“Trial by Battle” and the Tamil Nation

by Dr Sandrasegaram Paramalingam, July 31, 2014

  1. Introduction.

Since the formation of the United Nations in 1945, all Member States were imposed with the duty and obligation to reach settlement of their disputes by peaceful means in conformity with the principles of justice and international law. Although the Charter of UNO devised the International Court of Justice  for the State parties  to  refer their disputes to the Court , another category of subjects  of international law  including nations , nationalities , peoples and minorities  were left without any locus –standi  to any international judicial bodies  for resolving their grievances with their parent state. The international law making process of the UNO succeeded in creating conventional formulations to recognise rights and entitlements of non-state actors who are generally referred as secondary subjects of international law. However, due to lack of meaningful mechanisms for settlement  of disputes between  states and non state actors , internal conflicts  including  sovereignty claims  escalated very often beyond national territories  and were  transformed as threats to regional and international peace  while  claimants of  sovereign rights  were met  with high handed collaborations.

The resistance of non-state actors against their governments was observed as “Rebellion against tyranny” in the Universal Declaration of Human Rights of 1948 and in latter days it has been claimed as “terrorism” while peoples’ resistance in Arab states was described as democratic springs. However in many occasions it was said that the resistance of people against brutal and rough regimes cannot and should not be described as terrorism.  The Tamil nation of Sri Lanka, over the last three and half decades has pleaded to the international community and to the UNO  that their action was for their self preservation and self-determination and remedy for the improper de-colonisation which completely denied their due rights and compelled  them  to live under local colonialism.  A few veto power holding members exercised their noble veto power in the Security Council contrary to the principles enshrined in the Charter for advancing their geo-political interests and legalising their arm sales and failed to perform their duty to protect the vulnerable people who were brutalised by their own state. The veto powers holders were able to agree unanimously to concentrate on the ongoing Israel –Palestine conflict while  they failed to stop  the mass murder at Mulivaikal  and facilitated for  barbarity  under the pretext of “Asian solidarity”. The veto powers that resisted the discussion on Tamils crises at the Security Council should be held liable for the entire atrocities.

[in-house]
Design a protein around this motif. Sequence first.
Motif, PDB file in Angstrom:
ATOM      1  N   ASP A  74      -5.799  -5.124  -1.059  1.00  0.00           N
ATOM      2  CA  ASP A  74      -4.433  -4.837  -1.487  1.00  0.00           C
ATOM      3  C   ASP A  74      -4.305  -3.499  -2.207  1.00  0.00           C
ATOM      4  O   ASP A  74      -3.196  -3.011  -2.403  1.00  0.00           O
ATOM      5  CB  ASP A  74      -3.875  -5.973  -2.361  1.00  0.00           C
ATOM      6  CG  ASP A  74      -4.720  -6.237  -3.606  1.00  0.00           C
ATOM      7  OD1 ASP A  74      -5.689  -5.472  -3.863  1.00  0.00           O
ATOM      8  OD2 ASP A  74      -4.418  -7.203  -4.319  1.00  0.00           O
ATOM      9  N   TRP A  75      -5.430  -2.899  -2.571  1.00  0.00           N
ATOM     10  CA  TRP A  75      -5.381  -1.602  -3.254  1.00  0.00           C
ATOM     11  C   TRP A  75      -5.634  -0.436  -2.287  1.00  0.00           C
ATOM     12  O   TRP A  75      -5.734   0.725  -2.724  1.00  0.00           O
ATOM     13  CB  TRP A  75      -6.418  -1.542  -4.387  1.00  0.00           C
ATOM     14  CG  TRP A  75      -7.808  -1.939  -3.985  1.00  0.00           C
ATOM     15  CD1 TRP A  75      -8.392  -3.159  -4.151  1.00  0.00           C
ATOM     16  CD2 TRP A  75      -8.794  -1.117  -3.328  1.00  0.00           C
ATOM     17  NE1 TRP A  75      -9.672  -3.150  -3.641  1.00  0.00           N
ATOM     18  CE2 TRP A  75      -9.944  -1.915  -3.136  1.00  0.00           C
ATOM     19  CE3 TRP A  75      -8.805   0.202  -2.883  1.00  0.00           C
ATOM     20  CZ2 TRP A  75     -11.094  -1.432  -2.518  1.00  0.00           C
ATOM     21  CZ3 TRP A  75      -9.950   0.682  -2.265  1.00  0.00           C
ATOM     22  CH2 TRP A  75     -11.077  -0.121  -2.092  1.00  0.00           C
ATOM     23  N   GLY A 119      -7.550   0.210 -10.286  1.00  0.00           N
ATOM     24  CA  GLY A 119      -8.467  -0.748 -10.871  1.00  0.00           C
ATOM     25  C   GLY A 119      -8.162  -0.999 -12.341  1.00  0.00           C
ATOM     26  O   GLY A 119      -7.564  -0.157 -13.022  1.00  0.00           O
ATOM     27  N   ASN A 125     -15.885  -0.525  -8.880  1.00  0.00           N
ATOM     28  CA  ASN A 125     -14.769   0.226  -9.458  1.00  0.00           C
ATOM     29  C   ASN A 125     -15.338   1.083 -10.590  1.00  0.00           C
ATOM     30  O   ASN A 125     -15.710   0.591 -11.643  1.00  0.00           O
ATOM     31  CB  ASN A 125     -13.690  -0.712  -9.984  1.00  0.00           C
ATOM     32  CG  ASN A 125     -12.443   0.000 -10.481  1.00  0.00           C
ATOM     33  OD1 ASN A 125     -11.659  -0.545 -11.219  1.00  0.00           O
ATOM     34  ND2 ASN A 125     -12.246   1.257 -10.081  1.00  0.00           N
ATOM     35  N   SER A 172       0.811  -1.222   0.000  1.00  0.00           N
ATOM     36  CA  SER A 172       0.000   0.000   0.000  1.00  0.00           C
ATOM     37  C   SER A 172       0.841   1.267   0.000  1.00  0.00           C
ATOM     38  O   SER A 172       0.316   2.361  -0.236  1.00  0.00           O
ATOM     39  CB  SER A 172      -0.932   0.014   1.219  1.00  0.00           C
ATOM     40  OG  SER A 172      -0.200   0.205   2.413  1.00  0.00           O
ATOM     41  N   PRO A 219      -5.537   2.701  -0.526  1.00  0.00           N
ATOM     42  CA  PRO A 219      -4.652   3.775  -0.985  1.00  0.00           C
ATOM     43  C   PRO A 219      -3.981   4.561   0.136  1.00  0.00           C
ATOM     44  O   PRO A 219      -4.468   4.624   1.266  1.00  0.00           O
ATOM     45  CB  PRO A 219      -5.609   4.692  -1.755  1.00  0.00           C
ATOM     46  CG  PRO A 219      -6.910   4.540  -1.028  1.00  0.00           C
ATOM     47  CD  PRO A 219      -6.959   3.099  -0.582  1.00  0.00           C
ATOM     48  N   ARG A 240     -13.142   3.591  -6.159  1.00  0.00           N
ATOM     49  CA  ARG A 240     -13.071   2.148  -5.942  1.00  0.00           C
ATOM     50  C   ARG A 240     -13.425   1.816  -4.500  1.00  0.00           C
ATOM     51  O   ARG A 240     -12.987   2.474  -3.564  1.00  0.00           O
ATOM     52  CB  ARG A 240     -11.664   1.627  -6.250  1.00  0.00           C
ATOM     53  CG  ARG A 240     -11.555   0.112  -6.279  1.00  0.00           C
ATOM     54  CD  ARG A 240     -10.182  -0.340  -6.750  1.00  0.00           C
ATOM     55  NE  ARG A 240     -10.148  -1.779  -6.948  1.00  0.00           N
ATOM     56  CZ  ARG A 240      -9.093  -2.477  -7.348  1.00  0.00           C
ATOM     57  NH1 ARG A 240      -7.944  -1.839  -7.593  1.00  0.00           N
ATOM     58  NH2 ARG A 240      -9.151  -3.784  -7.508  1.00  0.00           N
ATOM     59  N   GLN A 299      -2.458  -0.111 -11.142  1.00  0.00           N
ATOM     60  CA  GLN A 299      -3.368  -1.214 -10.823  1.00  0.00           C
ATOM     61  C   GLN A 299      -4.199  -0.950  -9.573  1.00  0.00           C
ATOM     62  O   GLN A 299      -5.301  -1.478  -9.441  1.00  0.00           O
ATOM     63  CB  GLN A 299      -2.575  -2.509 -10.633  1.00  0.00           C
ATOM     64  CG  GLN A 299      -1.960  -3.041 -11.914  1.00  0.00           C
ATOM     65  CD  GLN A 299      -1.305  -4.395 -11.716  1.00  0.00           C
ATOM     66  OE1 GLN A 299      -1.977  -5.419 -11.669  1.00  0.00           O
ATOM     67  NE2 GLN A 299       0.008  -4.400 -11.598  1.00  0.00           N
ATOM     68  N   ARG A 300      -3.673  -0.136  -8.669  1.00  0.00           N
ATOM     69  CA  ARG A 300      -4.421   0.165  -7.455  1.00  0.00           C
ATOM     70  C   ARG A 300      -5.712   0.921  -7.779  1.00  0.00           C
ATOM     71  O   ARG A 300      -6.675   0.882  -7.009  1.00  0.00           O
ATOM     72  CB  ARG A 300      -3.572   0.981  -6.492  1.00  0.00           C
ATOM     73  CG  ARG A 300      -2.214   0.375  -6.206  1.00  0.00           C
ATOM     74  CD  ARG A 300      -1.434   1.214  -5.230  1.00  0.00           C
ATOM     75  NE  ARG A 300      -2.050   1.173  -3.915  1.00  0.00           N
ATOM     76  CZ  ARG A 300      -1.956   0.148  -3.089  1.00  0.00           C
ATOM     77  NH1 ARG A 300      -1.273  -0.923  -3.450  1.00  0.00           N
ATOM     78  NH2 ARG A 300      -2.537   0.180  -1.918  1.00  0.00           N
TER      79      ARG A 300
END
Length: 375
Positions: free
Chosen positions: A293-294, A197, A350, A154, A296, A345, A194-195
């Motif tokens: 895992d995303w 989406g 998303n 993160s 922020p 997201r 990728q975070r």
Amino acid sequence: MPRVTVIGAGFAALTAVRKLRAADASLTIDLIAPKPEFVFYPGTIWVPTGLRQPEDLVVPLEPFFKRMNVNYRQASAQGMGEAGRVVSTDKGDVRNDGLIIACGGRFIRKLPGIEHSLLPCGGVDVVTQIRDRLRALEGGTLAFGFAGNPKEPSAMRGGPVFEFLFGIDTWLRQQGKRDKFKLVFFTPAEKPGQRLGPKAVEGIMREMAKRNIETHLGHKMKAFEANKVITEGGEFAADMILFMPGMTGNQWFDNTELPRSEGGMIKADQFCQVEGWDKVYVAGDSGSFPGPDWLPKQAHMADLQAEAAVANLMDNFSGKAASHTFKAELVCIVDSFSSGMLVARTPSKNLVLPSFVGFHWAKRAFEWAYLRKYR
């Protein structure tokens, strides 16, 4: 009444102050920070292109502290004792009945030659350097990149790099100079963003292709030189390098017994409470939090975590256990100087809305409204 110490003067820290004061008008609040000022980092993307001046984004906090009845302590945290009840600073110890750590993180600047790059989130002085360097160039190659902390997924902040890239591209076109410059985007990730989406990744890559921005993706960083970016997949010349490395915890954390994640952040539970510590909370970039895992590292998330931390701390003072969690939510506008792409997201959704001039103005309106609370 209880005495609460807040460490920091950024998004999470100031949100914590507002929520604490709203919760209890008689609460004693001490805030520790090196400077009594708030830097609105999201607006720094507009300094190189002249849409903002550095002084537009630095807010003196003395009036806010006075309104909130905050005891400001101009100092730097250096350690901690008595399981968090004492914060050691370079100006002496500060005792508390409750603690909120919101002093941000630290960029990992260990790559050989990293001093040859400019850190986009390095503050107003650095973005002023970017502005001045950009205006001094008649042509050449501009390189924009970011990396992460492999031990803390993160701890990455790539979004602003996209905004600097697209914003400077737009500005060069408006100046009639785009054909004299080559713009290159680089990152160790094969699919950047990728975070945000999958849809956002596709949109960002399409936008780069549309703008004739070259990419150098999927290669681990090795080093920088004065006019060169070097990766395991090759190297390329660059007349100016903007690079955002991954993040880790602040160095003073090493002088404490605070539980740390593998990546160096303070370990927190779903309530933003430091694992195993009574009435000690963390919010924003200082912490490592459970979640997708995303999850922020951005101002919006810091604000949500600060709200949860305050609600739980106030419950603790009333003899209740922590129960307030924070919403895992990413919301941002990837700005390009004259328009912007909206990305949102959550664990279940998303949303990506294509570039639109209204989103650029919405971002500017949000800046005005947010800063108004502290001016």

As a result of the failure and denial of justice by the Security Council and the agencies of the UNO, the international community mistook the struggle of the Tamil nation as “terrorism”. The Tamil nation became the victim of the biggest mass murder of the 21st century at Mullivaikal. The internal panel review of the UNO confirmed its failure to protect the Tamil people; even though, the Tamil nation had to wait for five years to look for judicial forum for seeking relief and remedy.

The Permanent Peoples’ Tribunal in its judgement delivered on 10 December 2013 unanimously determined that the brutal end to the war against the Tamil people was amounting to genocide and war crimes. However it was claimed by the regime of Rajapaksha that his war and commands were against the “terrorists” which will be determined by the Panel of the UNO in due course. Further, it was  opined that how a war should not be won while Ranil Wickrasinghe the leader of opposition and who signed the Peace Accord with the LTTE has recently said that he could have brought an end to the war in a different way.  However the entire international community and key players of the UNO had known that the people living under the defacto state of the LTTE would end up with adverse consequences. The UNO left the people who were in the No Fire Zone [NFZ] in a pathetic and helpless situation and failed to challenge the order of Rajapaksha for the staff of the UNO to vacate from the Vanni territory. Channel 4 has excellently documented the departure of the staff of the UNO while the innocent Tamil people were pleading for them not to leave.